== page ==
I'm going to start this post with an ecopsychological observation as well as a phenological one. This past January 8th, I sensed (rather than saw) a fluttering outside my study window, and turned just in time to see an eastern comma flapping -- somewhat frantically, I thought -- against the glass.
Granted, commas are often the first butterfly species I see every year. But not in January. I felt little joy in seeing it. It was way too early. With some urgency I wondered if I was missing new phenophases of other species I observe in the holler. I often reduce the frequency of holler walks in the winter months. Physically, mentally, emotionally and spiritually for me, it was still winter. I did not feel ready for it to be spring. And if there were things popping up and out already, I had concerns for the consequences to each and every one of them.
As calendar-winter went on -- with continued warm spells punctuated by serious cold ones, and more rain, more often than I have ever seen since I moved to Tennessee -- I noted that no trees, shrubs or forbs were taking the bait. My quince bushes eventually began to produce small flower buds, but they didn't swell or open, and endured a few 9- and 10-degree lows very well. By mid-February, daffodils were up and flowering throughout the larger Terry Creek drainage to which my holler's creeks contribute. Orange day lily and Siberian iris leaves began poking through the leaf cover on raised beds around my house.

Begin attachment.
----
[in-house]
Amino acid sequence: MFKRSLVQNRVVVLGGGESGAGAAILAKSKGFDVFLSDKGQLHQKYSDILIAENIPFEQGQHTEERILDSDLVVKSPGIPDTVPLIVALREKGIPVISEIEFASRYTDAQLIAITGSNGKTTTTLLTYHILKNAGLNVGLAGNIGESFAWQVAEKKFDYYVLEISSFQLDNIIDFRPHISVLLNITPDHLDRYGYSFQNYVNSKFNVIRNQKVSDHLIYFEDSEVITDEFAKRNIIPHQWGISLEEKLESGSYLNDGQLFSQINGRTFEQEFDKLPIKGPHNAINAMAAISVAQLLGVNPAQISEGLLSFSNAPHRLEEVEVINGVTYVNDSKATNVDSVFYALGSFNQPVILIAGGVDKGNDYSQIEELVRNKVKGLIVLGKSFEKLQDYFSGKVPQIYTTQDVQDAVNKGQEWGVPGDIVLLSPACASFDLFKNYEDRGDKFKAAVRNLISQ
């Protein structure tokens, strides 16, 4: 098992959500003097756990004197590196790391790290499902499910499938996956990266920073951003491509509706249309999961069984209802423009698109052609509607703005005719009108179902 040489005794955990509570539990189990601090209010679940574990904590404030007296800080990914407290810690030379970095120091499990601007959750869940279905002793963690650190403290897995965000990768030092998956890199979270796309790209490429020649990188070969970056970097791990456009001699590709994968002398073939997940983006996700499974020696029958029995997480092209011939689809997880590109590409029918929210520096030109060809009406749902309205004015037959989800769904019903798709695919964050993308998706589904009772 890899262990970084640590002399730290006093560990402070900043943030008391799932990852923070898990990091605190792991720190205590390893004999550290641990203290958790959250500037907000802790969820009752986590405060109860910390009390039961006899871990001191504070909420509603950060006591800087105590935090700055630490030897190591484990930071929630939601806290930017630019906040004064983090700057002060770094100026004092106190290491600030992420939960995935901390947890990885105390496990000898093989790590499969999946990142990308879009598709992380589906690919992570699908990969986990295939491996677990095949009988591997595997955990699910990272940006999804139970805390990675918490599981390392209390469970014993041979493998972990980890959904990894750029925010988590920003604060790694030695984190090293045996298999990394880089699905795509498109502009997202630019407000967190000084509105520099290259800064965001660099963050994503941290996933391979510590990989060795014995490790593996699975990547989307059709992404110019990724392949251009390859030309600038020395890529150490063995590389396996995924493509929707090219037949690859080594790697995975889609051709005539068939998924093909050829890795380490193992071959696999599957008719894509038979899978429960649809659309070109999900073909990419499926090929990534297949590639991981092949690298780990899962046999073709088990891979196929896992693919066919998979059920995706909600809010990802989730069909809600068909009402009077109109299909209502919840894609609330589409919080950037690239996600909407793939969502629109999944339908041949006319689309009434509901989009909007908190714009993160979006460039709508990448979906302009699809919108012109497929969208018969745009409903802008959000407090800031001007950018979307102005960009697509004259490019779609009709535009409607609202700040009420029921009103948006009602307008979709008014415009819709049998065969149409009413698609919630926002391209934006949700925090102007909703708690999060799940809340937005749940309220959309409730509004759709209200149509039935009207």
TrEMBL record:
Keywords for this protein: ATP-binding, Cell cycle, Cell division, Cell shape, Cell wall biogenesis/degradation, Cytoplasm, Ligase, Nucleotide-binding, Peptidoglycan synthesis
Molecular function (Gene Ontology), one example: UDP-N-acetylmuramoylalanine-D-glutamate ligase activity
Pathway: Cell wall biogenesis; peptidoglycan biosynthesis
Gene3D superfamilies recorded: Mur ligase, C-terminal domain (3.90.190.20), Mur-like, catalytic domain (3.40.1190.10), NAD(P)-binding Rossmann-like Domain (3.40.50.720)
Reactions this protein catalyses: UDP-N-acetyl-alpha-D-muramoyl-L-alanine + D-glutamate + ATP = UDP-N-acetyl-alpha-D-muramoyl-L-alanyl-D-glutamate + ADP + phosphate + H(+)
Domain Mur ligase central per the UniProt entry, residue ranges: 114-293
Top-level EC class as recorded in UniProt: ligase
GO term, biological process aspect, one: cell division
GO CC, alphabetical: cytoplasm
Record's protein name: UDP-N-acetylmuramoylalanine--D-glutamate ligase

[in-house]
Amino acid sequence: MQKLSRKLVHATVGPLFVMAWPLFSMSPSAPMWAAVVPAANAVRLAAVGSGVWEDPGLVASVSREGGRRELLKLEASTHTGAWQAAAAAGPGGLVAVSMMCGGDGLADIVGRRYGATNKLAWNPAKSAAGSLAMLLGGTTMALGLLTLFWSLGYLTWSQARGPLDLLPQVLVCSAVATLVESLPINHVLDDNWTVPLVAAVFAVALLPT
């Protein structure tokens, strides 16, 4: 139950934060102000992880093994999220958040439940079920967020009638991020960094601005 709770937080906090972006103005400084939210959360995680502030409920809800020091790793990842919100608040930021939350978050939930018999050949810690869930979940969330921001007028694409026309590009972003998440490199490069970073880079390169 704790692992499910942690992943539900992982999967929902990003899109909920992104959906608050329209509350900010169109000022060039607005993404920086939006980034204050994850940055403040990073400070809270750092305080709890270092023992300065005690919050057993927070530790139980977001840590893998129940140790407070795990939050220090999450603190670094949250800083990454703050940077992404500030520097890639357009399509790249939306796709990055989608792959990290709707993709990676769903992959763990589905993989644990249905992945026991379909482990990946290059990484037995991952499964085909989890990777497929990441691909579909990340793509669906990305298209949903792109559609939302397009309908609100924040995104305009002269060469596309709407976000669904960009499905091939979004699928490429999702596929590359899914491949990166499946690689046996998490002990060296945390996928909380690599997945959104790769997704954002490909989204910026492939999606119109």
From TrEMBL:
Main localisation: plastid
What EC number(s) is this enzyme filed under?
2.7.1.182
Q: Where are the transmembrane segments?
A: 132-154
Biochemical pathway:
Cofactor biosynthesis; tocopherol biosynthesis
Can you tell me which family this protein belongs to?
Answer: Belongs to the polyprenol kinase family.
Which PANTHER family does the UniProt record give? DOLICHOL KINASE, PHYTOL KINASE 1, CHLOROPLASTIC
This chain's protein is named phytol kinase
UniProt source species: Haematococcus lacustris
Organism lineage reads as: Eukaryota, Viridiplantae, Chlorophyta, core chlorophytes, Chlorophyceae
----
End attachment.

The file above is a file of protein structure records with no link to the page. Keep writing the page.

By the end of the first week of March, I had observed new, full leaves of Amur honeysuckle and multiflora rose, forsythia flowers, and first leaves of one of the cutleaf toothworts I have flagged (photos above).
Now I'm also seeing leaves of sharp-lobed Hepatica, and Dogtooth violets (though not in the 2-sq.ft. plots I have marked). All of the red maples I observe for Nature's Notebook have open flowers, and members of this species all the way from the holler down to Knoxville are in some stage of emergence.
Up in the bird world (I saw/heard very few birds this winter up here in the holler, another point of concern) I've seen and heard an eastern phoebe hanging around old nest sites and calling for a mate. Blue jays, chickadees and cardinals are moving back up into the holler from fields down below. Many of these birds come up here to nest in the forested areas around my house.
And, of course, with the movement of these smaller birds comes the more frequent hunting parties of a resident hawk (red-shouldered or broad-winged, not sure which). I even saw some wild turkeys up in the air last week. And heard some barred owls.
I think it's spring. I've increased the number of phenology observation days significantly. And that feels okay now.